Sarah and Jo go back to school…
They say that your sense of smell is one of the main triggers in remembering things from your past, emotive and nostalgic – most of us can smell liver and bacon, boiled cabbage and Birds custard and be instantly transported back to our school dining hall. Today’s children will be more likely to reminisce about a curry made from locally reared meat, fresh bread or a braised bit of brisket, as we discovered when we were lucky enough to be invited for lunch at Sexey’s School in Bruton, Somerset.
According to government guidelines, our children, if not taking a packed lunch to school, should be eating high quality meat, poultry or fish, a wide range of fruit and veg, bread, other cereals and potatoes every day. They should not be served any fizzy drinks, crisps, chocolate or sweets and should not have more than two portions of deep fried, battered or breaded food in a week. I’m sure we all remember Jamie Oliver’s program that highlighted the nutritional down falls within schools so we have him to thank for these improvements.
No doubt all schools are doing their best to adhere to these guidelines but some are really going over and above – and not just in the private sector. Sexey’s school in Bruton is a state comprehensive with an amazing ethos in terms of food miles, nutrition and the social elements of dining together. We were delighted to stay for lunch with Irfan Latif, the Head Master, and were impressed to see teachers, maintenance staff and pupils as well as various other clerical member of staff all dining together. The manners and interactions really demonstrated that lunch time is a proper social experience to be enjoyed, not endured, by everyone.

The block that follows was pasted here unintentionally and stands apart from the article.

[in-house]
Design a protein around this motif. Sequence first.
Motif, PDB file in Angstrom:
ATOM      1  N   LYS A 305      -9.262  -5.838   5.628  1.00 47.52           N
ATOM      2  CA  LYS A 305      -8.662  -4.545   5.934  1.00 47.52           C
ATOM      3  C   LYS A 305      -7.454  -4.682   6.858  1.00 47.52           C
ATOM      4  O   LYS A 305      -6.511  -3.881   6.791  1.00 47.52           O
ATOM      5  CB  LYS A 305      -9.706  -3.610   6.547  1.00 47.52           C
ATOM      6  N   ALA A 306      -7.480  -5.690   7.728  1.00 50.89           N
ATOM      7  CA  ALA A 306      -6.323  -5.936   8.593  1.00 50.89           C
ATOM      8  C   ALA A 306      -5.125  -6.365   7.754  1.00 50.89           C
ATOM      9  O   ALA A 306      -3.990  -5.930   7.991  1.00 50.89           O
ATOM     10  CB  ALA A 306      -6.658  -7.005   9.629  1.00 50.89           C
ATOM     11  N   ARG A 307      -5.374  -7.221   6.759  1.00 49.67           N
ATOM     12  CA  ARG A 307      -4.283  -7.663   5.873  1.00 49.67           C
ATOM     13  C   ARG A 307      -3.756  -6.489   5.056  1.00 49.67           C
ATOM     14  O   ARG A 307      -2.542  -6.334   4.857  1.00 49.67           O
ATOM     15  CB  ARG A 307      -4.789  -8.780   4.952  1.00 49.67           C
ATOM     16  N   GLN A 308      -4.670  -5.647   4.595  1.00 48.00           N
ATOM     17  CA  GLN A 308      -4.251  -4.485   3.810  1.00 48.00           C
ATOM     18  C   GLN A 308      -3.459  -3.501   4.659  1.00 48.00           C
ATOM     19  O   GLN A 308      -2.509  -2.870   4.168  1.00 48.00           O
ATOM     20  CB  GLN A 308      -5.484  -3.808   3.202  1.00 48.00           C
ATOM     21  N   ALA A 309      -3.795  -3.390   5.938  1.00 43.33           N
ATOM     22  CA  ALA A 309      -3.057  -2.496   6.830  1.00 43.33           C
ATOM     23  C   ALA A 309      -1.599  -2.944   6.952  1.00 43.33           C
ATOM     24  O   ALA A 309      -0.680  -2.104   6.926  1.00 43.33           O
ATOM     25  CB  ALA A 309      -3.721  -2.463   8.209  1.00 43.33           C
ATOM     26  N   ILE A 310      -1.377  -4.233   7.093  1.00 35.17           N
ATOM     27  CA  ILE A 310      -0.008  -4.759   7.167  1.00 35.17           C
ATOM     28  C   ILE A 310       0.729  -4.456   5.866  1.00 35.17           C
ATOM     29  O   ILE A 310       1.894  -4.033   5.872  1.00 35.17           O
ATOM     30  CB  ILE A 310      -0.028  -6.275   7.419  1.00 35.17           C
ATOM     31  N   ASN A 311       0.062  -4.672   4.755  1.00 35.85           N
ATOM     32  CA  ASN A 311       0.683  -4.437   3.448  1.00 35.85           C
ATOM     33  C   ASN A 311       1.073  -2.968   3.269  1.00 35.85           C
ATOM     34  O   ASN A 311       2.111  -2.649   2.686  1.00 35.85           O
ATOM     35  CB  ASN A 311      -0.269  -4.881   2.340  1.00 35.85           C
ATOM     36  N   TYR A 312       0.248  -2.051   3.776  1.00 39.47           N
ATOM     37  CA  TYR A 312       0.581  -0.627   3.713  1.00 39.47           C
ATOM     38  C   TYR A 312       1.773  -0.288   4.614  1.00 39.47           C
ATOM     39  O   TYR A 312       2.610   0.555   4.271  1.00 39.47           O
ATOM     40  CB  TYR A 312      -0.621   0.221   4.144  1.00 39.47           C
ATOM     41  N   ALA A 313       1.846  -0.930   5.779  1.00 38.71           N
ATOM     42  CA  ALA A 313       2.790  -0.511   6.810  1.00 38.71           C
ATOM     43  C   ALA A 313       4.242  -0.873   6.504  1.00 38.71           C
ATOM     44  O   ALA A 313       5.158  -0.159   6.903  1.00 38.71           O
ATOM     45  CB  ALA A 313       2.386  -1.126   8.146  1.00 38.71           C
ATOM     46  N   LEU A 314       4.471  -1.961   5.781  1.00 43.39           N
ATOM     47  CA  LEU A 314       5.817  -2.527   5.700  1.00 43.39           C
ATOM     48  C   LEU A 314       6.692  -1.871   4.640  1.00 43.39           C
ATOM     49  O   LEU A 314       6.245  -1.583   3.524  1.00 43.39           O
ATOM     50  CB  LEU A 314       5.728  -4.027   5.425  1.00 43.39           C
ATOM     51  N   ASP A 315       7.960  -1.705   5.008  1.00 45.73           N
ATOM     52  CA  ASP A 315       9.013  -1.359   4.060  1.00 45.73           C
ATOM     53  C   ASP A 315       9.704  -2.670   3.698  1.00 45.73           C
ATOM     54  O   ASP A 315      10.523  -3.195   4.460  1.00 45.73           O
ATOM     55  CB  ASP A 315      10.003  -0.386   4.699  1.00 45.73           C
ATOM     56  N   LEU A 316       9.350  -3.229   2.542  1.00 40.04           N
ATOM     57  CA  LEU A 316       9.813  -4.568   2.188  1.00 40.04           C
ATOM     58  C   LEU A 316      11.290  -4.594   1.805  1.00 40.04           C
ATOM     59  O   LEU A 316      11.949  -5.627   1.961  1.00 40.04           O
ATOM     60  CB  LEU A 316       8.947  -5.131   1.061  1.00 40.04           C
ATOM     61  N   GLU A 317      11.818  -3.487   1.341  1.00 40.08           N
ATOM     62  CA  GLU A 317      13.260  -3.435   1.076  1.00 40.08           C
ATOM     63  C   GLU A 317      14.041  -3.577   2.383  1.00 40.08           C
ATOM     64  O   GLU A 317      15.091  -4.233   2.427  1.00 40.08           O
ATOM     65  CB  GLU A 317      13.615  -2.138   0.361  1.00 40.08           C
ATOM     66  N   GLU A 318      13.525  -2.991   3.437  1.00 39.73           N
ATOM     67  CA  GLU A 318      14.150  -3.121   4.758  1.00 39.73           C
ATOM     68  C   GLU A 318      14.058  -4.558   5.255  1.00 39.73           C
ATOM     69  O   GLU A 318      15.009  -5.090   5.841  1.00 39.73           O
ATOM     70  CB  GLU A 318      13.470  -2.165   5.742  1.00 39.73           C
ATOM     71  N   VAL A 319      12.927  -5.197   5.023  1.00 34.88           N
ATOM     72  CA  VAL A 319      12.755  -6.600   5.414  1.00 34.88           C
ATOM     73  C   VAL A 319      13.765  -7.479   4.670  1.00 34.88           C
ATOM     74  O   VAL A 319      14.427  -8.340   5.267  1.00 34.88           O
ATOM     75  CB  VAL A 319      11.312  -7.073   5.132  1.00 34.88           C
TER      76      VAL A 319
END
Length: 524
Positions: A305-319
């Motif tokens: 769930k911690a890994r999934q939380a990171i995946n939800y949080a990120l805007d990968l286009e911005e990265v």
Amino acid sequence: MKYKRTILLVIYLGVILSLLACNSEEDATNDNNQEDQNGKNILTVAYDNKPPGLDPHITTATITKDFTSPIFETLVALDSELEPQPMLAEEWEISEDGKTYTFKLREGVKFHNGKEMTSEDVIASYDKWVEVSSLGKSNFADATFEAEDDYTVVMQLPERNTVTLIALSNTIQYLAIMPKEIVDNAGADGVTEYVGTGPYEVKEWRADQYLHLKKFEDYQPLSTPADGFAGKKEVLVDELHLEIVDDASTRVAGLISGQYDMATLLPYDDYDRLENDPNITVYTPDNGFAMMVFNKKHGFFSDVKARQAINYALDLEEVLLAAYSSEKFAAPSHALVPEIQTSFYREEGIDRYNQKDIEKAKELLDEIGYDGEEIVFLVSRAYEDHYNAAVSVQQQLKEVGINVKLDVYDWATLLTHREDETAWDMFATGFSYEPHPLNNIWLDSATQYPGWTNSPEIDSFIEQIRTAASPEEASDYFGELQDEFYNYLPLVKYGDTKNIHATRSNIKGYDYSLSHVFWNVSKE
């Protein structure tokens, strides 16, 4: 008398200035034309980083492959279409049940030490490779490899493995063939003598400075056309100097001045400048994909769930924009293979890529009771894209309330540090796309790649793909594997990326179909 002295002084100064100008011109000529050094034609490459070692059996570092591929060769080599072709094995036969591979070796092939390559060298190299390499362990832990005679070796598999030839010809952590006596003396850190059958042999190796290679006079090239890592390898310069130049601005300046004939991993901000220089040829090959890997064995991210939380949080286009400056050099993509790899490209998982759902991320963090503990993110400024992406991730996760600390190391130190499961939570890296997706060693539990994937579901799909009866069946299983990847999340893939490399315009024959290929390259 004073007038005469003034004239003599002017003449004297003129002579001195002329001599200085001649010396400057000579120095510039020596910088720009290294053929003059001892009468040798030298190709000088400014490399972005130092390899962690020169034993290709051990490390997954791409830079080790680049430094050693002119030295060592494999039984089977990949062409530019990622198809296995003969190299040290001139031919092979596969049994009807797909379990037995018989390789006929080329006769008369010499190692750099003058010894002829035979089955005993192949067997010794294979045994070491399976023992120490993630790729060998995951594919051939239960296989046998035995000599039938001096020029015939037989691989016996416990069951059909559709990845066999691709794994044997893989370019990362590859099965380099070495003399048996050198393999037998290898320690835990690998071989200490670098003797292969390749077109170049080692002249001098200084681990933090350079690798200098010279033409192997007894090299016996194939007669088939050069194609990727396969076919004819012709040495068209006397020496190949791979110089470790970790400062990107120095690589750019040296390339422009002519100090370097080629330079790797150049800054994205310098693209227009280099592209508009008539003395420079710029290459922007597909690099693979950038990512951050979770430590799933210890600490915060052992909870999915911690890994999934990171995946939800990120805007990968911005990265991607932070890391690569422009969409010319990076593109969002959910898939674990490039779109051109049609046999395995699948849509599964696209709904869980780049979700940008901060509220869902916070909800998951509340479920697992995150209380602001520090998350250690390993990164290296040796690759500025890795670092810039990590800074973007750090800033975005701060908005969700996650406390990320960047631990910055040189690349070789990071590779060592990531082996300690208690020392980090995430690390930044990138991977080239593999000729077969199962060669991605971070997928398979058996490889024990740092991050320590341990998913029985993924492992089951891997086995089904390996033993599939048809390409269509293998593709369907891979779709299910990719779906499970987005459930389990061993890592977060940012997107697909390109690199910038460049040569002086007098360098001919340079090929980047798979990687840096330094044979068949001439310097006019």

The chef has worked in London and is clearly passionate about flavour and standards, not just fuel for school. Using fresh ingredients, all locally sourced, the roast beef we were served up really tasted homemade – I must say the roast potatoes and gravy would rival my Mother’s (that is an accolade not easily achieved!) With hot and cold options, fresh bread, various veg accompaniments , hot and cold dessert choices and fruit, you could be mistaken for thinking you were in a restaurant and the taste would certainly affirm that!
Those children that take up their state boarding placements are lucky enough to dine three times a day with continental as well as English breakfasts served with toast, fruit and cereal also available. No doubt the evening meal is just as delicious and nutritious…… No school runs, no cooking, no washing up – I’d like to board there myself!
In years to come I’m sure these children, and many others that attended schools across the country, will find the smell of a proper homemade beef stew, chilli con carne or fresh pastry sparks up just as much nostalgia as cabbage does for us!